Rachel Carson sketch

March 4, 2015

A Canadian artist posted a nice sketch of Rachel Carson on Twitter:

Rachel Carson sketch, by artist @moietymouse

Rachel Carson sketch, by artist @moietymouse

I’m often frustrated at how few good images of Ms. Carson exist on the internet, probably because I see them over and over again in working to stamp out the hoax claims about Carson, DDT and malaria, and environmental protection.

Maybe we can get @moietymouse to make some more? Check out her Twitter feed; maybe she’s got images for sale, and you can encourage her while improving the look of your walls.

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Millard Fillmore, live on Peachtree Street, 1854

March 4, 2015

Lower Peachtree Street, Atlanta, in 1910, 56 years after ex-President Millard Fillmore visited. Library of Congress photo via Chamblee54

Lower Peachtree Street, Atlanta, in 1910, 56 years after ex-President Millard Fillmore visited. Library of Congress photo via Chamblee54

Chamblee54, in a history of Peachtree Street studded with interesting photographs, notes Atlanta’s first-time brush with any ex-president:

In 1854, Atlanta entertained, for the first time, a man who had been President. On May 2, Millard Fillmore arrived from Augusta on a private rail car.

Two years after the Whigs refused to nominate Fillmore for a term of his own, he was out touring the country?

Several accounts explain that Fillmore and his wife Abigail wanted to tour the U.S. after his presidency.  Unfortunately, she died shortly after he left office.  He pined through the rest of 1853, but by February 1854 had decided to tour by himself, without his children, accompanied by friends he could persuade to join him.

That same month, Fillmore decided to take the trip southward that he and Abigail had not been able to take. Given the timing, some observers believed that Fillmore had a political motive in making the journey.  They suspected that he might be planning to speak out against the Nebraska Bill [proposed by Illinois’s U.S. Senator Stephen A. Douglas]. Others were convinced that it was a leisure tour.  But whatever Fillmore’s intentions may have been, his speeches to southern audiences were relatively neutral.  He restated his faith in the [Missouri] Compromise, but he spent mos tof his time enjoying a series of receptions, dinners, and parades in his honor throughout the region.  A marching band escorted him through the streets of Louisville, Kentucky.  Girls scattered his path with flowers in Montgomery, Alabama.  A row of trains blew their whistles in greeting in Atlanta, Georgia.  Fillmore returned home refreshed and with renewed faith in his fellow Americans.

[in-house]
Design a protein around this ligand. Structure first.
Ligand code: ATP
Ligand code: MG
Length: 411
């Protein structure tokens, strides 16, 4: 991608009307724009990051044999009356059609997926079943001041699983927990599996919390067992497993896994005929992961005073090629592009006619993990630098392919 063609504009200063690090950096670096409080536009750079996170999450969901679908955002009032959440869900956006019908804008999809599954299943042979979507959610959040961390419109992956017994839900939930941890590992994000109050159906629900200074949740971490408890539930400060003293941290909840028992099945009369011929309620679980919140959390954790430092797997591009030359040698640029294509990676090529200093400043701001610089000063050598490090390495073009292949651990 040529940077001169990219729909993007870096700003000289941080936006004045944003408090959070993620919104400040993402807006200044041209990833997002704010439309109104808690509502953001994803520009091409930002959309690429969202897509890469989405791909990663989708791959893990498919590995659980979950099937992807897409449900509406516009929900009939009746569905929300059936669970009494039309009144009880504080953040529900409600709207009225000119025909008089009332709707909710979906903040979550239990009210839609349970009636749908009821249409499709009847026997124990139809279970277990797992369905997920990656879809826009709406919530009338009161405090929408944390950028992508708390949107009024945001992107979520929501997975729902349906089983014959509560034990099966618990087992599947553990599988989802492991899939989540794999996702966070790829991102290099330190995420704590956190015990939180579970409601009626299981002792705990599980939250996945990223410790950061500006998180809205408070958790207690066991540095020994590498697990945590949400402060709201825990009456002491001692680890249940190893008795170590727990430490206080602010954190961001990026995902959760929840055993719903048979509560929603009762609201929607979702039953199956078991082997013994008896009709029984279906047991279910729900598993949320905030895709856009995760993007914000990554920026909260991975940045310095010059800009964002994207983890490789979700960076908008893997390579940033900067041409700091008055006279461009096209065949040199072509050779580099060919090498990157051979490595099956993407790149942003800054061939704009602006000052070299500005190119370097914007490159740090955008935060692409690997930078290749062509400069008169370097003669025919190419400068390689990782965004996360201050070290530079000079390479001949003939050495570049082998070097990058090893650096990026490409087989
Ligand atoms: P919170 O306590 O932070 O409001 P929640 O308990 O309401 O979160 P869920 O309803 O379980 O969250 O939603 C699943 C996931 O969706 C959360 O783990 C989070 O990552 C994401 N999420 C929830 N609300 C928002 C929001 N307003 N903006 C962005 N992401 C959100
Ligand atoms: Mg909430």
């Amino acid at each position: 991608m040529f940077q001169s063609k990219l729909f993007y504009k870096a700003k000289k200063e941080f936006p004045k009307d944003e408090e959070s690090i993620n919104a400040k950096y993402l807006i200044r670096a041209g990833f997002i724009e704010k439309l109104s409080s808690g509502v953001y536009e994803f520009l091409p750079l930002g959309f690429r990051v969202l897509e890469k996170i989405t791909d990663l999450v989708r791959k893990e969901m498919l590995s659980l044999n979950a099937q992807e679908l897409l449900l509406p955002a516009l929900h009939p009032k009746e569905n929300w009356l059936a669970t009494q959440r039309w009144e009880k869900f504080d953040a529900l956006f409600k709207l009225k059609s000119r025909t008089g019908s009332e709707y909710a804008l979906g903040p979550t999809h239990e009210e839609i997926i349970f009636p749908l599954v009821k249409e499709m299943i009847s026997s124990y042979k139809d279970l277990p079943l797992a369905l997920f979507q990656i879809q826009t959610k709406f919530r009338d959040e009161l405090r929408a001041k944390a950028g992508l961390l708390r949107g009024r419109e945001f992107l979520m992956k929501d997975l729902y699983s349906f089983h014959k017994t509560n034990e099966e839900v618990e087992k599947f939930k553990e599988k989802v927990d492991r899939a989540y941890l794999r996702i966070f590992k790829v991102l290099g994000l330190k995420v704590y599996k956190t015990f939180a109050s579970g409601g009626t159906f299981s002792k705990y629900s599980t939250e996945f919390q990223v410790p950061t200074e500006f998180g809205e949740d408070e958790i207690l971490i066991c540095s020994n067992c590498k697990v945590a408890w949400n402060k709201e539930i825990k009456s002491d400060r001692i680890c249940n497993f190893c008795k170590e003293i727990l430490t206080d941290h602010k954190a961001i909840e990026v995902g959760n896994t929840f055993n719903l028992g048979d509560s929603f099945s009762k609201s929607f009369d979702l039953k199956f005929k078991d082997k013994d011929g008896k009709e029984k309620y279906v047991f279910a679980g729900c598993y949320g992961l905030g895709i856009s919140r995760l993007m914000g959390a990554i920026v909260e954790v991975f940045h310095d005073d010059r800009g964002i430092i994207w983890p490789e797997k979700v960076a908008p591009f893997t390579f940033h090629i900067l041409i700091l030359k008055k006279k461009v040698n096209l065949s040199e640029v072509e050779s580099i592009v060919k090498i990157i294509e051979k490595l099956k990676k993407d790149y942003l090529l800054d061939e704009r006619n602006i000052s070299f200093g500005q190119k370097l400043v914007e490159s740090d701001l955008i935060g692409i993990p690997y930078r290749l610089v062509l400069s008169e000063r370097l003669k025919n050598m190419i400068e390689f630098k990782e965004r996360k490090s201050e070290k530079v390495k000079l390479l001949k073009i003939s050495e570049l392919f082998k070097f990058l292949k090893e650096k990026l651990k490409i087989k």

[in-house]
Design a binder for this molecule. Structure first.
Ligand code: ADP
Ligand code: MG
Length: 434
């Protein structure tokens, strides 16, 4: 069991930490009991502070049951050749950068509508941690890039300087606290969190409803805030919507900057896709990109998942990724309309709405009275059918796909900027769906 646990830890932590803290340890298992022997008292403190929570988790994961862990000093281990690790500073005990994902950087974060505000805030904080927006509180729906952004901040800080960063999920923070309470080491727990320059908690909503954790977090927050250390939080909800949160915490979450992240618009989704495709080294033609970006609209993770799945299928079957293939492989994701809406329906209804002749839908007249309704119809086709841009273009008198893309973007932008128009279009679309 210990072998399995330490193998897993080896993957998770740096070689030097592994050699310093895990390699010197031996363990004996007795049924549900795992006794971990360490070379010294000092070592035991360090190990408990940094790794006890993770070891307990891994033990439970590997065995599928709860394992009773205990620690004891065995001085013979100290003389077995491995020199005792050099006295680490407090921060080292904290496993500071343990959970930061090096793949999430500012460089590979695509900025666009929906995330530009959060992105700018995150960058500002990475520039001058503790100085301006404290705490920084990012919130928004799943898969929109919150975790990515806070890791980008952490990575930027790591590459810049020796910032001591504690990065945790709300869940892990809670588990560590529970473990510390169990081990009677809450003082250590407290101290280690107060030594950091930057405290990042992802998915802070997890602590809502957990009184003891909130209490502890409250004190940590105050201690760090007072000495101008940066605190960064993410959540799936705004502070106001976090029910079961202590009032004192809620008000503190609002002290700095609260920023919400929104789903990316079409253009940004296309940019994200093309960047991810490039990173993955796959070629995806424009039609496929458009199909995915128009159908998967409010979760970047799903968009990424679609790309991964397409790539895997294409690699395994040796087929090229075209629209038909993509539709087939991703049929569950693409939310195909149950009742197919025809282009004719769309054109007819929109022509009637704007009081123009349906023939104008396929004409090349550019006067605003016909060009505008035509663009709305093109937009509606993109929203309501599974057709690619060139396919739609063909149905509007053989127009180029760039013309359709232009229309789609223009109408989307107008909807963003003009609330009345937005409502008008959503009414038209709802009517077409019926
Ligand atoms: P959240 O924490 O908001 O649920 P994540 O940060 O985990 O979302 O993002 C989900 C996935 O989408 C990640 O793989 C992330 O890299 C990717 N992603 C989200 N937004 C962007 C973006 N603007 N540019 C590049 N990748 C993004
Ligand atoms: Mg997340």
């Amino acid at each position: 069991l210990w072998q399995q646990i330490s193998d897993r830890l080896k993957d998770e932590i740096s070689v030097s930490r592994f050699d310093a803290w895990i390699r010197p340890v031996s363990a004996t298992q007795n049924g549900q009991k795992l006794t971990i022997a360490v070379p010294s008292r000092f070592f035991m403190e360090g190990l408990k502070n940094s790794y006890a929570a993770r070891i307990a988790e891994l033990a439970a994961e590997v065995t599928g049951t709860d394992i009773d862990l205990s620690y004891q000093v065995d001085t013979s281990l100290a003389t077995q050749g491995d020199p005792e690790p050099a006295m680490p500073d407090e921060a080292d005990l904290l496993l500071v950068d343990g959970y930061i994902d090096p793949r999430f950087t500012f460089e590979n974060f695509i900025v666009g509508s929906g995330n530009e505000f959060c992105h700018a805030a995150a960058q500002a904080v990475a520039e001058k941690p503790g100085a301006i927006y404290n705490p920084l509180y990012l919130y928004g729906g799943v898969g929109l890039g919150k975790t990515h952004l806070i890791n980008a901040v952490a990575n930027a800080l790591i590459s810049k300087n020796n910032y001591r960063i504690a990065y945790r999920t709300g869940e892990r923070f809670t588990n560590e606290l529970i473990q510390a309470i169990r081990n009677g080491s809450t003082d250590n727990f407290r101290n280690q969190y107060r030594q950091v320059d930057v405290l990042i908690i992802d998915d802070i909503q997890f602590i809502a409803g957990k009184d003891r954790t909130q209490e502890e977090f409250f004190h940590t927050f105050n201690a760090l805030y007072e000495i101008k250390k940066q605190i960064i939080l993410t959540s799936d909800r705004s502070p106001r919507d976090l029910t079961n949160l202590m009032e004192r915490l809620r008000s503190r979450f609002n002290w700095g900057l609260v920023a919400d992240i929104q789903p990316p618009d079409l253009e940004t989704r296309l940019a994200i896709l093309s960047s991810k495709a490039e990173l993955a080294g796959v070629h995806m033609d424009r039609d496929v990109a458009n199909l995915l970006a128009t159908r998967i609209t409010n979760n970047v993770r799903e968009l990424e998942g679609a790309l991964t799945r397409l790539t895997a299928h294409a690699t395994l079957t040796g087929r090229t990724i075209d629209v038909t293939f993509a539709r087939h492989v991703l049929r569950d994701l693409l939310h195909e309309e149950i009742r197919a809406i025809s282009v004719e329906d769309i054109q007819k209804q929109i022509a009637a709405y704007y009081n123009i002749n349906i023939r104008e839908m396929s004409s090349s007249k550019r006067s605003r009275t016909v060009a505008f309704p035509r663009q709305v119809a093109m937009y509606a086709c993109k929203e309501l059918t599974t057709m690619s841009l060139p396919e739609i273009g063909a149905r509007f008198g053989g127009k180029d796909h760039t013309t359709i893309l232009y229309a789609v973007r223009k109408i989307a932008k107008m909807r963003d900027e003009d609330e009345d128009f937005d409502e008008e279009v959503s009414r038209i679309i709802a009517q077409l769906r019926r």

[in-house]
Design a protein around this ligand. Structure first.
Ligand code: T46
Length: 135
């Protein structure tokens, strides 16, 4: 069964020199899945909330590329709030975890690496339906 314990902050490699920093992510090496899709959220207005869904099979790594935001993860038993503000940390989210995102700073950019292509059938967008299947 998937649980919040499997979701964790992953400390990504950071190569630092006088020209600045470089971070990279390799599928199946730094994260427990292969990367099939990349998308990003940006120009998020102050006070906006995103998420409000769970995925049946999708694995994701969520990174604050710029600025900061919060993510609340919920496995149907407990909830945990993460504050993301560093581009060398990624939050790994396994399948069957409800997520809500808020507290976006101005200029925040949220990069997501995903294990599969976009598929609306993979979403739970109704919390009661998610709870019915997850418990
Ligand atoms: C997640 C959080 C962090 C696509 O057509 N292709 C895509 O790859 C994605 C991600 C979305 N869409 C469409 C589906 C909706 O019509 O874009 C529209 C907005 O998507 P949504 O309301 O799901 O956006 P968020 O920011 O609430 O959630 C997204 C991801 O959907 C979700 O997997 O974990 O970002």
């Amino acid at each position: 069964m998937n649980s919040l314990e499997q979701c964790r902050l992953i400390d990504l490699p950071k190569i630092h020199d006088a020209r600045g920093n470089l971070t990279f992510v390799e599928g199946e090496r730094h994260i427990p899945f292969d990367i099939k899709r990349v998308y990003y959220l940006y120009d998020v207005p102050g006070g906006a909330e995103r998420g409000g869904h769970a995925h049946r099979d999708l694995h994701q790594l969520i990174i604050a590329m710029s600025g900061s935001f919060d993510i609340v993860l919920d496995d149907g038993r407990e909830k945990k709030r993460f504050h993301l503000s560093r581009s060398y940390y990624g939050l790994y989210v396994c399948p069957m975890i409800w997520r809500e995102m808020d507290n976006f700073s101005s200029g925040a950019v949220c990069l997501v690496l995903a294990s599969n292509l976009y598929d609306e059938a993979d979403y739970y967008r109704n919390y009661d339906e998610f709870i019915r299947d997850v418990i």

Alison Behnke, Millard Fillmore (a child’s history of the man), 2005, page 92.

A longer description came out of Robert J. Scarry’s 1982 biography:

By late February 1854 Fillmore had resumed his plans to travel.  He perceived that a southern trip would do him good and that the journey would divert his mind from the loss of Abigail.

*******

Fillmore hoped Francis Granger, John P. Kennedy, and Washington Irving would go with him on the trip. Granger lost interest, and Irving, who had been asked by his friend Kennedy, was in no mood for politics.

*******

En route to Atlanta from Augusta on the Georgia Railroad, they stopped at Greensboro where a large crowd of teachers and students of the Female College greeted Fillmore and Kennedy.  They dined at Madison.  At Stone Mountain an escort committee from Atlanta met them.